|Holotype of Ctenomys bidaui n. sp. (CFA-MA 11867). |
Skins of the holotypes of Ctenomys bidaui n. sp. (A, B), Ctenomys contrerasi n. sp. (C, D), and Ctenomys thalesi n. sp. (E, F)
Teta & D’Elía, 2020
Ctenomys Blainville 1826 is one of the most diverse genera of South American caviomorph rodents. Currently, six species of this genus are reported from Patagonia, south of 42°S. In this contribution, we assessed the taxonomic status of several populations from eastern and central Chubut province, northern Patagonia. Based on phylogenetic analyses of DNA sequences, morphology assessment (qualitative and quantitative), and previously published karyological data, we describe three new species of this genus, one formed by two subspecies, endemic to northern Patagonia. In addition, we include C. coyhaiquensis Kelt and Gallardo 1994 into the synonymy of C. sericeus J.A. Allen 1903. Finally, we discussed the need for additional integrative approaches, including field collection of specimens, to better understand the diversity of this highly speciose rodent genus.
Ctenomys bidaui n. sp.
Tuco-Tuco de Bidau
Morphological diagnosis—A medium-sized tuco-tuco of the C. magellanicus species group with moderately differentiated dorsal and ventral colorations; dorsum Light Brownish Olive to Brownish Olive; venter Pale Olive Buff with Gray colored basal hairs. Skull strongly built; interorbital processes of frontals slightly developed; zygomatic arches robust; premaxillo-frontal suture at the level of the naso-frontal suture; interparietal broad and short; incisive foramina moderately short and broad, recessed in a common fossa of straight outer borders and incompletely separated by a bony septum; interpremaxillary foramen large; auditory bullae inflated and ovate.
Distribution—Known only from three localities near coastal areas of Península de Valdés, Chubut, Argentina (Fig. 1). Possibly, also correspond to this species the late Holocene fossil remains referred by Udrizar Sauthier & D’Agostino (2017) from this same general area.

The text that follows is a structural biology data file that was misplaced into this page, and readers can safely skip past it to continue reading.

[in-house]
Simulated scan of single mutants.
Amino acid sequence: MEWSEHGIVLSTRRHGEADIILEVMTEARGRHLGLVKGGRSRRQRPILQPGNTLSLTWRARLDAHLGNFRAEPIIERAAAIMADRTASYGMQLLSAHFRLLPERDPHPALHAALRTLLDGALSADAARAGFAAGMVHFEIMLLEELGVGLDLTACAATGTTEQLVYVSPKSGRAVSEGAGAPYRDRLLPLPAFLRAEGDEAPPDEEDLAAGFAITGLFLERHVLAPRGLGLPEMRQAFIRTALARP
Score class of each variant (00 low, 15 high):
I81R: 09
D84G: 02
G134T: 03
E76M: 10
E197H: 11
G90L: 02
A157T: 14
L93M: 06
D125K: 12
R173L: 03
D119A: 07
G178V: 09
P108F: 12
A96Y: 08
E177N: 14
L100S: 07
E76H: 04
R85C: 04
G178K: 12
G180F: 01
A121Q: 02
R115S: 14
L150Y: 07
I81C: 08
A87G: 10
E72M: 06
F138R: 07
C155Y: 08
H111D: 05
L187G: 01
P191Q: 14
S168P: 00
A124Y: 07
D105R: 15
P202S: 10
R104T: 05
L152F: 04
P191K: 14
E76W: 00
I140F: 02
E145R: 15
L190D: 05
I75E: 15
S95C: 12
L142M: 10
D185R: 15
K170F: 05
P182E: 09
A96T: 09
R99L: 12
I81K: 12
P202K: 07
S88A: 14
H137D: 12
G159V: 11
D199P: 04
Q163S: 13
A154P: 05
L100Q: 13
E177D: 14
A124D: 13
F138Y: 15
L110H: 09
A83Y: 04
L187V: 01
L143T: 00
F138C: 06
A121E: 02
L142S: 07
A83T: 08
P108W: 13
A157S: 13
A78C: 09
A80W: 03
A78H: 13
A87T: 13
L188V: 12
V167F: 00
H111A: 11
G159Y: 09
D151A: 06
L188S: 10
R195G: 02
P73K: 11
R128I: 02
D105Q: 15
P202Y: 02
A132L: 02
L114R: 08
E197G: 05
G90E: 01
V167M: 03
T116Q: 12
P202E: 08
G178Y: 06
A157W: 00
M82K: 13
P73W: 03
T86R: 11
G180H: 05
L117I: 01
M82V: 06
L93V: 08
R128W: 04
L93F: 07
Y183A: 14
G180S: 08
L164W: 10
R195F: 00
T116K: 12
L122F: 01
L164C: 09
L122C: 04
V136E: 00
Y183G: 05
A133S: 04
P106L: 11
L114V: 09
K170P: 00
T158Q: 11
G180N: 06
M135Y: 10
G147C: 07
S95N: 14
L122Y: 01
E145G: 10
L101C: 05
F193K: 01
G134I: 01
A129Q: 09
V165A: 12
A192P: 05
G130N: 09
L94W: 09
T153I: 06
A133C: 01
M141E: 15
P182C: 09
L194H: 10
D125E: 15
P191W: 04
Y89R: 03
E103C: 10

Etymology—We named this species in honor of the late Claudio J. Bidau (1953-2018), an Argentinian biologist with an extensive and varied scientific production, of which an important fraction is aimed to elucidate the complex evolutionary history of the genus Ctenomys. Claudio was a much-appreciated member of the South American community of mammalogists where he is well remembered. The species name is a patronym in the genitive singular.
Ctenomys contrerasi n. sp.
Tuco-Tuco de Contreras
Morphological diagnosis—A small to medium sized tuco-tuco of the C. magellanicus species group with dorsal and ventral colorations moderately differentiated; dorsum Brownish Olive to Olive or Tawny Olive; venter Pale Olive Buff with Gray colored basal hairs. Skull moderately robust, interorbital region with posteriorly divergent outer margins; premaxillo-frontal suture placed slightly to well behind from the naso-frontal suture; zygomatic arch thin to moderately robust, with slightly developed postorbital and mandibular processes of jugal and a conspicuous zygomatic depression; interparietal completely fused; incisive foramina moderately long and narrow, recessed in a common fossa of straight to slightly convex outer borders and completely separated by a thin bony septum; interpremaxillary foramen small to large; paraoccipital process fan-shaped; auditory bullae inflated, and pyrifom.
Distribution—This species has an apparently disjunct distribution, being recorded at four localities close to the Atlantic coast, between the Chubut river in the south and the Ameghino Isthmus to the north, and other two populations in west-central Chubut, south of the Chubut river (Fig. 1). Both distributional areas are about 335 km apart.
Etymology—This species of Ctenomys is named in honor of Julio R. Contreras (1933-2017), an Argentinean mammalogist and ornithologist who dedicated more than 45 years of his life to the study of the taxonomy, systematics, and biogeography of the genus Ctenomys (see Teta & Ríos, 2019). Contreras described more than a dozen of new species of tuco-tucos, both from Argentina and Paraguay. Together with C. Bidau (Contreras & Bidau, 1999), he authored one of the first attempts to summarize the complex evolutionary history of this genus, proposing a general hypothesis about its diversification. The species name is a patronym in the genitive singular.
Ctenomys contrerasi contrerasi n. subsp.
Ctenomys contrerasi navonae n. subsp.